Mindfulness Training and Yoga for the Management of Chronic Non-malignant Pain: A Review of Clinical Effectiveness and Cost-effectiveness [Internet].

Author: Lachance CC , McCormack S .
Canadian Agency for Drugs and Technologies in Health
Conference/Journal: CADTH Rapid Response Reports
Date published: 2019 Sep
Other: Word Count: 346

Chronic pain involves persistent or recurrent pain lasting longer than three months.1 It is a global health issue that is common in both developed and developing countries.2 For example, nearly one in four Canadian adults has a chronic pain condition.3,4 Medications, such as opioids, are frequently prescribed for patients experiencing chronic non-malignant (i.e., non-cancer) pain to alleviate their symptoms. Given the side effects of their use (e.g., nausea, constipation, respiratory depression), potential for addiction and misuse, and uncertainty in their long-term effectiveness for treating chronic non-malignant pain, alternative strategies should be explored.5 Complementary and alternative medicine therapies, such as mindfulness training and yoga, are potential treatment options for individuals who have chronic non-malignant pain.6,7 Mindfulness is defined as the intentional and non-judgmental conscious awareness of the present moment.7 Yoga is a mind-body practice with three main components: physical poses/postures, breathing control, and meditation/relaxation.8 Most recently, two CADTH Rapid Response reports examined the clinical effectiveness, cost-effectiveness, and evidence-based guidelines regarding the use of mindfulness training (published in June 2019)9 and yoga (published in July 2019)10 for chronic pain management in adults. The report on mindfulness found insufficient evidence to draw conclusions about its potential clinical effectiveness.9 The report on yoga found evidence from one randomized study suggesting that yoga plus conventional treatment with analgesics was effective for reducing chronic pelvic pain, while conventional treatment with analgesics alone was not.10 No economic evaluations were identified in either report.9,10 Notably, both reviews focused on comparing mindfulness or yoga with or without pharmacotherapy to pharmacotherapy alone (e.g., opioids, nonsteroidal anti-inflammatory drugs, acetaminophen).9,10 To inform policy decisions, further exploration of mindfulness or yoga compared with no treatment may provide additional insight on the clinical and cost-effectiveness of these complementary and alternative medicine therapies for management of chronic non-malignant pain. The aim of this report is to summarize the evidence regarding both the clinical effectiveness and cost-effectiveness of the use of mindfulness training or yoga for the management of chronic non-malignant pain.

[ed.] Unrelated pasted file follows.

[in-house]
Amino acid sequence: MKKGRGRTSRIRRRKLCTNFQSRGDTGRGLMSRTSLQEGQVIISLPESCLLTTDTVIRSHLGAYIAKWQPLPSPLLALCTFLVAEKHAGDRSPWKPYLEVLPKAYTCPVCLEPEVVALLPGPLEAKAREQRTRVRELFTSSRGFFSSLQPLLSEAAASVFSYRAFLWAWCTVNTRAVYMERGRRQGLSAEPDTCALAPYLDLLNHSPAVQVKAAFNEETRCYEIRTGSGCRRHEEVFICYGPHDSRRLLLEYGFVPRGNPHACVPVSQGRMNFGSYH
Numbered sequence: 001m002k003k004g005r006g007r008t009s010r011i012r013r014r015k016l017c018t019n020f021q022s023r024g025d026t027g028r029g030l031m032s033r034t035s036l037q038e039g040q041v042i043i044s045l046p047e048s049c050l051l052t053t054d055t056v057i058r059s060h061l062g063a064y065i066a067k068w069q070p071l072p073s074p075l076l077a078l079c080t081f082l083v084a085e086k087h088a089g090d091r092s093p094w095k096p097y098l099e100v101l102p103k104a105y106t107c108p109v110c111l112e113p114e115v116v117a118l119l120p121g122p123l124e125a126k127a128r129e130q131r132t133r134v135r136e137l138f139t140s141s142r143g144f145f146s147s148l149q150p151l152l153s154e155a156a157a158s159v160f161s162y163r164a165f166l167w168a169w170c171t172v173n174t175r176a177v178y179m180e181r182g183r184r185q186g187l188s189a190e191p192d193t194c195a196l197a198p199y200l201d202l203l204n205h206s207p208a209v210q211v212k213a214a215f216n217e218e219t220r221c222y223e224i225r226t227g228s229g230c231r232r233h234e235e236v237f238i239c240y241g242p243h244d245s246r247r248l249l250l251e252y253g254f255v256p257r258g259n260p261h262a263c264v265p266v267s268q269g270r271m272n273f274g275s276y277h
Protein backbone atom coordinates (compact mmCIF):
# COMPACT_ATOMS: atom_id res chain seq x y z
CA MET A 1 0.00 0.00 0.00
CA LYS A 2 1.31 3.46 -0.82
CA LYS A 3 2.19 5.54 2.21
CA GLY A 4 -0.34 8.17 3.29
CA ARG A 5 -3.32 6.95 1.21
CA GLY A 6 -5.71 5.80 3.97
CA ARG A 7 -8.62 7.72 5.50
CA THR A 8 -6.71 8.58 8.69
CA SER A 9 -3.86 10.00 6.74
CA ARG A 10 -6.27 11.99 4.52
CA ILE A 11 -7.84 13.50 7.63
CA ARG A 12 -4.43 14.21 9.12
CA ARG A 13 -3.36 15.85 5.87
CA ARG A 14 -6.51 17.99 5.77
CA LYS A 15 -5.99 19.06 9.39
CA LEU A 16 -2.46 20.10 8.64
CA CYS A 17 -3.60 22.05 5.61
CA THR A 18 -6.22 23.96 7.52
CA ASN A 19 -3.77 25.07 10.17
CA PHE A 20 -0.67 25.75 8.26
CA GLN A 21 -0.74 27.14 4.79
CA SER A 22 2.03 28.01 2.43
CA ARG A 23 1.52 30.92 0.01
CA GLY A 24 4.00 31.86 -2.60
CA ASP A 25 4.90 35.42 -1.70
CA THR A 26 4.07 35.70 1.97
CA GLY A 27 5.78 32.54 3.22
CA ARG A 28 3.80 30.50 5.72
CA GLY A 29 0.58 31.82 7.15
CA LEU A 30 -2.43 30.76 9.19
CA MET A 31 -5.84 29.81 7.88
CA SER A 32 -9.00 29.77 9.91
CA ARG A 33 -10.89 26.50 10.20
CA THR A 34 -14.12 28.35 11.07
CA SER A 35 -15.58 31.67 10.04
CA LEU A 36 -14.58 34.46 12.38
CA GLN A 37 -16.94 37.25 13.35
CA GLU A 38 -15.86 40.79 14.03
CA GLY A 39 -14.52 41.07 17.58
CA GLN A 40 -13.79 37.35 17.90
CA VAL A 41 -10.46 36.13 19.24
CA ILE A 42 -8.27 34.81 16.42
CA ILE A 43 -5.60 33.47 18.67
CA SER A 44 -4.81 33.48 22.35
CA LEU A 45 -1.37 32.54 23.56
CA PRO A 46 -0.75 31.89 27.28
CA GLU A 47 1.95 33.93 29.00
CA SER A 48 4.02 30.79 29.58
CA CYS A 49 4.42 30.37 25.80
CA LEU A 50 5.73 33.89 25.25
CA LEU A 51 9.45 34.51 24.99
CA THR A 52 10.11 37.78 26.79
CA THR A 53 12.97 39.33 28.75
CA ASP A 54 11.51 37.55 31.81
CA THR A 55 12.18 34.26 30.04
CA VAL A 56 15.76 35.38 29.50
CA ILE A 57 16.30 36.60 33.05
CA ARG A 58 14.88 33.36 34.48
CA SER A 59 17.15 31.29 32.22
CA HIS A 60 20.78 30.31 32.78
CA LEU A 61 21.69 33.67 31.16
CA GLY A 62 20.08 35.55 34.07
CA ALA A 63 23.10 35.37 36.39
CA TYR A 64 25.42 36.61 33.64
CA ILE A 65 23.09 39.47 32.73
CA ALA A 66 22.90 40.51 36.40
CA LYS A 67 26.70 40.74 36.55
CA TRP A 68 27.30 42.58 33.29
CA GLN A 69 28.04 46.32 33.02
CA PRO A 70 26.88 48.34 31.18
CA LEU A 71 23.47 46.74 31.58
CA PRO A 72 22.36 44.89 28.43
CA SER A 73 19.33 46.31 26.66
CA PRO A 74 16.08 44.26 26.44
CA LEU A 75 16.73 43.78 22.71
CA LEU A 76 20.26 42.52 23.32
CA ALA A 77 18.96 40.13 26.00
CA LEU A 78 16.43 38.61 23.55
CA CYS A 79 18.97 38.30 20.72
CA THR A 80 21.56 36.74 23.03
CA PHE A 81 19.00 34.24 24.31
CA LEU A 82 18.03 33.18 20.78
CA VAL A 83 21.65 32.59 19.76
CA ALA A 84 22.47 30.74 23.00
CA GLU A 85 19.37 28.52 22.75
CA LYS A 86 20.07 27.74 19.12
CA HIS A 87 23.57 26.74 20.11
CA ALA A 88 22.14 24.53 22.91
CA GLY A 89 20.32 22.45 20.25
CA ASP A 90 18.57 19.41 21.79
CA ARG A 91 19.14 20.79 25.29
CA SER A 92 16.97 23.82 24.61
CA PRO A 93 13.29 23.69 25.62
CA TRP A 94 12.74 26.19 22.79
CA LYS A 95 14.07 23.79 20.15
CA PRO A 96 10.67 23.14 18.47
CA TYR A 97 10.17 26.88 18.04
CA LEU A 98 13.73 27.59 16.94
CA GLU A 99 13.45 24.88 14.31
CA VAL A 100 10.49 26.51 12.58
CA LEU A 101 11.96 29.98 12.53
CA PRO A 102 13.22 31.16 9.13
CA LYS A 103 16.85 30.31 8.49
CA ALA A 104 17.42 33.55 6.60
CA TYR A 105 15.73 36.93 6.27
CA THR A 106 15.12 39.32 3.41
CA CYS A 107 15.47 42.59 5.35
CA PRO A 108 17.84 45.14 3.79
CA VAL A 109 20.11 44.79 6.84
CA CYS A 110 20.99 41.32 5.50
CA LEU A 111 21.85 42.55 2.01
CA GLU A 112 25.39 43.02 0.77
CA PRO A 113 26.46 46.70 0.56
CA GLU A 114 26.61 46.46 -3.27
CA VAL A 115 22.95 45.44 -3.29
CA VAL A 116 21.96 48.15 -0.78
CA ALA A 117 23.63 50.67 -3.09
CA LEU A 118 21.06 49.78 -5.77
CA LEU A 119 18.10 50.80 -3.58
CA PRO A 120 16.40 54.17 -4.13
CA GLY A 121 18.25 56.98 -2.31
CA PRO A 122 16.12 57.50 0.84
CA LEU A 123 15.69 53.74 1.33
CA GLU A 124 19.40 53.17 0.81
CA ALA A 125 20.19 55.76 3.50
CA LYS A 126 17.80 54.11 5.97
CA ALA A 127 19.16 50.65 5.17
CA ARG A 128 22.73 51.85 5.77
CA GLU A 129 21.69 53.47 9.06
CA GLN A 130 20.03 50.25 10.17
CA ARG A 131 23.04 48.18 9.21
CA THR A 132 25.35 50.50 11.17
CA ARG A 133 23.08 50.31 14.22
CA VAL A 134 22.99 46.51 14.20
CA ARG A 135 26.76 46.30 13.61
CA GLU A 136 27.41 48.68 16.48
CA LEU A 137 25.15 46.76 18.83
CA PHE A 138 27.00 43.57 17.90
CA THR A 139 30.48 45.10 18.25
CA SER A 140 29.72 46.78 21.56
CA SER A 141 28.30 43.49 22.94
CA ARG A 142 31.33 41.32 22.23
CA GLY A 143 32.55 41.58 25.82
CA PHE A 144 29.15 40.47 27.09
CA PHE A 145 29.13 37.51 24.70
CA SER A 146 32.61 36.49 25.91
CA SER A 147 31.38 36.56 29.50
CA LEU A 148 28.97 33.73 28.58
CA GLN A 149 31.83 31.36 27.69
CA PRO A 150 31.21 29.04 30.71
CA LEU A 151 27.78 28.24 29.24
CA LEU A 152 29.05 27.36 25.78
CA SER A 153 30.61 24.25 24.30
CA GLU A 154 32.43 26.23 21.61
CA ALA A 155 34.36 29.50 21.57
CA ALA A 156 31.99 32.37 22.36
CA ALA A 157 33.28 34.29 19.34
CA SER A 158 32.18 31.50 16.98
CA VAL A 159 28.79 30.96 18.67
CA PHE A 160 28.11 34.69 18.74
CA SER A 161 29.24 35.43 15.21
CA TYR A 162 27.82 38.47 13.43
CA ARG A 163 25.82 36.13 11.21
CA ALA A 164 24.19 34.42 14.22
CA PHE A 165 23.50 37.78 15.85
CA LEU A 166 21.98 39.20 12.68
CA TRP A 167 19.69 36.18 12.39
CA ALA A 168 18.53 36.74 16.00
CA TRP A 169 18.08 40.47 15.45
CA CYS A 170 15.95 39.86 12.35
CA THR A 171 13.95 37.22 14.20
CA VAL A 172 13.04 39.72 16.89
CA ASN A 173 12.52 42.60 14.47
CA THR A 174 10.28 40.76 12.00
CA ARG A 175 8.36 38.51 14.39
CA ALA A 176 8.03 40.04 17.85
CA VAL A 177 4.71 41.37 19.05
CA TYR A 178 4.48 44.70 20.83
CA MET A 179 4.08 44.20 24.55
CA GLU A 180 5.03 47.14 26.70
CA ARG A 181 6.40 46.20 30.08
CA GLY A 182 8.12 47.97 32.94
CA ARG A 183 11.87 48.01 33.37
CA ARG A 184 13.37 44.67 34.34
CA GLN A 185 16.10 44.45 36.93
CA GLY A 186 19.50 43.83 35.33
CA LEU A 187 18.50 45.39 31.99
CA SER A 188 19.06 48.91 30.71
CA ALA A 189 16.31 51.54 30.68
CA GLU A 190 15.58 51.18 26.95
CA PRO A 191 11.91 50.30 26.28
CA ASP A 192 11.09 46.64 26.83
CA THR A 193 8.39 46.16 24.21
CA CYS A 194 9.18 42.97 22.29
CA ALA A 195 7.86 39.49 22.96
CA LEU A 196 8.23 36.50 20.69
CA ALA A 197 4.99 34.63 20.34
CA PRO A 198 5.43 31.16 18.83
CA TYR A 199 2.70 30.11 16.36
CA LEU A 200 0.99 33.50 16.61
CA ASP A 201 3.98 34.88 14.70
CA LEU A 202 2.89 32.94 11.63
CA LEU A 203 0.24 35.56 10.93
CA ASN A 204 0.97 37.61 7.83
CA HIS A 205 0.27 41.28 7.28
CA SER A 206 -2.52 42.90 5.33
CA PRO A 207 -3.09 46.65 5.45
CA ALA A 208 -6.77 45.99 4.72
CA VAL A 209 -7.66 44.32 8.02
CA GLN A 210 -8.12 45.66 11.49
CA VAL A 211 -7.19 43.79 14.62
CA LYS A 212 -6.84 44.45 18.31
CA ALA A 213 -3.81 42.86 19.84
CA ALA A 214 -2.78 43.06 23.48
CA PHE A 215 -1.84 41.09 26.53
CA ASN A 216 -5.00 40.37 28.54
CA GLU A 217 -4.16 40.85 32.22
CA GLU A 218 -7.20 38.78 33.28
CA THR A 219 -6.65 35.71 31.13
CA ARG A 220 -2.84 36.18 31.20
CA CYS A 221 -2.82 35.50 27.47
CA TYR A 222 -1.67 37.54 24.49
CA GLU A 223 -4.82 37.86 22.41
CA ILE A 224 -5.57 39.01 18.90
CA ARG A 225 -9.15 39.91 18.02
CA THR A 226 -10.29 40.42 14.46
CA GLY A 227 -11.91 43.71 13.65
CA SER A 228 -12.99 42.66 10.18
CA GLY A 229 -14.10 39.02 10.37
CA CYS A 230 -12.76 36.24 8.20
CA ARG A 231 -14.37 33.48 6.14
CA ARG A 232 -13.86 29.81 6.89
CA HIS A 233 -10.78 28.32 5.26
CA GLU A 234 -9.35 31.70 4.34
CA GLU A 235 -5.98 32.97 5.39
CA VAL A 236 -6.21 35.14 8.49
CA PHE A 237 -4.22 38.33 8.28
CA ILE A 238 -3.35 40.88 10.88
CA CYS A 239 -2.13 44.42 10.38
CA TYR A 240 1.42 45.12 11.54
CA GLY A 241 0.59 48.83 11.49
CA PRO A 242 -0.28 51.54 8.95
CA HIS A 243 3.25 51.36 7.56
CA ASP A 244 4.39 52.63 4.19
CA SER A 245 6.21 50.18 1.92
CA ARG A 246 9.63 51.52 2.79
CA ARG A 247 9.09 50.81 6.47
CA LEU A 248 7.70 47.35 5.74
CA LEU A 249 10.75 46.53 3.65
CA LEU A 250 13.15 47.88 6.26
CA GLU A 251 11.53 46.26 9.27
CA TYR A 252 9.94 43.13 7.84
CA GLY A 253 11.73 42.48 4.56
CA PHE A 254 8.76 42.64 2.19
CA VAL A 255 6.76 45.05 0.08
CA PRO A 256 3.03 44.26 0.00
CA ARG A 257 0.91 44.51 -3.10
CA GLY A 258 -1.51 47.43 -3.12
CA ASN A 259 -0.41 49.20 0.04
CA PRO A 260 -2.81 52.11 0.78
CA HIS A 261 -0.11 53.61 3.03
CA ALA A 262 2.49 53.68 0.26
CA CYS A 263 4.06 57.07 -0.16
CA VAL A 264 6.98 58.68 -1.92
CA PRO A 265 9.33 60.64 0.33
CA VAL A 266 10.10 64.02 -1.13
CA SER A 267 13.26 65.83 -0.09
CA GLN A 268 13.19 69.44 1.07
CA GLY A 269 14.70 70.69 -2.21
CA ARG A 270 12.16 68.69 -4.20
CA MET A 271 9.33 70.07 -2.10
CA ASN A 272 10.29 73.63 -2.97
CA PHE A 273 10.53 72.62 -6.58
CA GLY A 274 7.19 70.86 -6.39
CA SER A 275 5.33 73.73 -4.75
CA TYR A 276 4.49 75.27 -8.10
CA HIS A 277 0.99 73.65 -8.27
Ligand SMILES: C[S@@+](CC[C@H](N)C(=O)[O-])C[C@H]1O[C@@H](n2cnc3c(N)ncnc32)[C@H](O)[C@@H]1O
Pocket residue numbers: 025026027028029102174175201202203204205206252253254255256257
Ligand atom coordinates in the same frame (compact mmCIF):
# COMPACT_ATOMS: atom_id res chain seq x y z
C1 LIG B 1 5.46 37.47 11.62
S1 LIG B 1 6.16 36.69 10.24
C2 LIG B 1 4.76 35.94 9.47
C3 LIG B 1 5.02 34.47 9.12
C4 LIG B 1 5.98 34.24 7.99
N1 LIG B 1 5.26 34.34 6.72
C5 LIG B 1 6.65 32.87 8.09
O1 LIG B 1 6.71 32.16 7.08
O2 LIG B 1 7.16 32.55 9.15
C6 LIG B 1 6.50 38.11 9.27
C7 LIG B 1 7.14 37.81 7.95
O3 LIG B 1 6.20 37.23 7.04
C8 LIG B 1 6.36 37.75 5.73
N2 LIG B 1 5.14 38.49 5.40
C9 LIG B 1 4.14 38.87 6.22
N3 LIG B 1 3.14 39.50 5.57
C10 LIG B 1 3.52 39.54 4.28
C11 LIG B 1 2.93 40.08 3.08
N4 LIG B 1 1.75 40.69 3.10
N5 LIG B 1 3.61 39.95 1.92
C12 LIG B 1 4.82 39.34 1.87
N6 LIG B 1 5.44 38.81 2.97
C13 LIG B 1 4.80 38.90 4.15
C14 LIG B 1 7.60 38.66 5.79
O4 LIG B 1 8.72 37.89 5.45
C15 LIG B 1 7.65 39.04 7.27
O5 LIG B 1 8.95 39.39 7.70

Copyright © 2019 Canadian Agency for Drugs and Technologies in Health.

PMID: 31725209
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